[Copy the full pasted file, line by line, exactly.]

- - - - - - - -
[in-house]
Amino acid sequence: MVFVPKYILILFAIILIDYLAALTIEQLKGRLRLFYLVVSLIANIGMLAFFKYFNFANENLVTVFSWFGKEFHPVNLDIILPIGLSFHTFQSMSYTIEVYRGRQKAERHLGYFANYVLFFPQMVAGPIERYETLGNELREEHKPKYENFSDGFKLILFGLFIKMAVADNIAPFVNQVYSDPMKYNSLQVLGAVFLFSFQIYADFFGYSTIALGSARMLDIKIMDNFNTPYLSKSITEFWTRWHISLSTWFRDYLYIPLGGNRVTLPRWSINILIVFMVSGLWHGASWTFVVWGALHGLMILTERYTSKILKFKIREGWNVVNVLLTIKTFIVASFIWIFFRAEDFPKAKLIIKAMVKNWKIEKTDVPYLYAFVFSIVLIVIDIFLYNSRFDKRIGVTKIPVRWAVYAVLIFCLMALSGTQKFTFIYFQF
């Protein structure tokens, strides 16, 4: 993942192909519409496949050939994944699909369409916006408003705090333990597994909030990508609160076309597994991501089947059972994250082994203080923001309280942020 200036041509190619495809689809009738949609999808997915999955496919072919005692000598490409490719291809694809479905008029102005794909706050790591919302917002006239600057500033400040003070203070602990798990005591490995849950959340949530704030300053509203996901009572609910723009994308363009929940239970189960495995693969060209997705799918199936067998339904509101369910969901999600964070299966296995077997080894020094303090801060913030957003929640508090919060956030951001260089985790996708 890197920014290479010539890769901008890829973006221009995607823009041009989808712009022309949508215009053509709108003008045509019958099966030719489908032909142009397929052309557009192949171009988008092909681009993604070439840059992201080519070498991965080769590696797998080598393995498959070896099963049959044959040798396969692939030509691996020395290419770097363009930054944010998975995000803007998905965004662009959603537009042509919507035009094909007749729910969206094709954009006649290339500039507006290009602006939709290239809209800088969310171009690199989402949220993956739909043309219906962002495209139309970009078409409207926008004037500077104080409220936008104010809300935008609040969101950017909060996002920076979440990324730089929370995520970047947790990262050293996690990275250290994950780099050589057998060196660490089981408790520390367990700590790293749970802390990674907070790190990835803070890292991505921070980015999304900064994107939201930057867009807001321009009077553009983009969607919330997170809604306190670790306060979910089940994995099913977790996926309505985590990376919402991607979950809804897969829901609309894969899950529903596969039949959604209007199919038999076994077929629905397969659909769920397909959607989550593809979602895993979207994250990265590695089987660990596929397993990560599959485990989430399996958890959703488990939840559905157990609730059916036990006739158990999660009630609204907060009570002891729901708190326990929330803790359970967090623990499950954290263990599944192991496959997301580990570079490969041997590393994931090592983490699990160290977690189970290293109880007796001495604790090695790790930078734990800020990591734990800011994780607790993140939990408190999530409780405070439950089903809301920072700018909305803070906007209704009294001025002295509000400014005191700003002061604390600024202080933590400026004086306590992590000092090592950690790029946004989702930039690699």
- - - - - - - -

[in-house]
Amino acid sequence: MVFVPKYILILFAIILIDYLAALTIEQLKGRLRLFYLVVSLIANIGMLAFFKYFNFANENLVTVFSWFGKEFHPVNLDIILPIGLSFHTFQSMSYTIEVYRGRQKAERHLGYFANYVLFFPQMVAGPIERYETLGNELREEHKPKYENFSDGFKLILFGLFIKMAVADNIAPFVNQVYSDPMKYNSLQVLGAVFLFSFQIYADFFGYSTIALGSARMLDIKIMDNFNTPYLSKSITEFWTRWHISLSTWFRDYLYIPLGGNRVTLPRWSINILIVFMVSGLWHGASWTFVVWGALHGLMILTERYTSKILKFKIREGWNVVNVLLTIKTFIVASFIWIFFRAEDFPKAKLIIKAMVKNWKIEKTDVPYLYAFVFSIVLIVIDIFLYNSRFDKRIGVTKIPVRWAVYAVLIFCLMALSGTQKFTFIYFQF
């Protein structure tokens, strides 16, 4: 993942192909519409496949050939994944699909369409916006408003705090333990597994909030990508609160076309597994991501089947059972994250082994203080923001309280942020 200036041509190619495809689809009738949609999808997915999955496919072919005692000598490409490719291809694809479905008029102005794909706050790591919302917002006239600057500033400040003070203070602990798990005591490995849950959340949530704030300053509203996901009572609910723009994308363009929940239970189960495995693969060209997705799918199936067998339904509101369910969901999600964070299966296995077997080894020094303090801060913030957003929640508090919060956030951001260089985790996708 890197920014290479010539890769901008890829973006221009995607823009041009989808712009022309949508215009053509709108003008045509019958099966030719489908032909142009397929052309557009192949171009988008092909681009993604070439840059992201080519070498991965080769590696797998080598393995498959070896099963049959044959040798396969692939030509691996020395290419770097363009930054944010998975995000803007998905965004662009959603537009042509919507035009094909007749729910969206094709954009006649290339500039507006290009602006939709290239809209800088969310171009690199989402949220993956739909043309219906962002495209139309970009078409409207926008004037500077104080409220936008104010809300935008609040969101950017909060996002920076979440990324730089929370995520970047947790990262050293996690990275250290994950780099050589057998060196660490089981408790520390367990700590790293749970802390990674907070790190990835803070890292991505921070980015999304900064994107939201930057867009807001321009009077553009983009969607919330997170809604306190670790306060979910089940994995099913977790996926309505985590990376919402991607979950809804897969829901609309894969899950529903596969039949959604209007199919038999076994077929629905397969659909769920397909959607989550593809979602895993979207994250990265590695089987660990596929397993990560599959485990989430399996958890959703488990939840559905157990609730059916036990006739158990999660009630609204907060009570002891729901708190326990929330803790359970967090623990499950954290263990599944192991496959997301580990570079490969041997590393994931090592983490699990160290977690189970290293109880007796001495604790090695790790930078734990800020990591734990800011994780607790993140939990408190999530409780405070439950089903809301920072700018909305803070906007209704009294001025002295509000400014005191700003002061604390600024202080933590400026004086306590992590000092090592950690790029946004989702930039690699």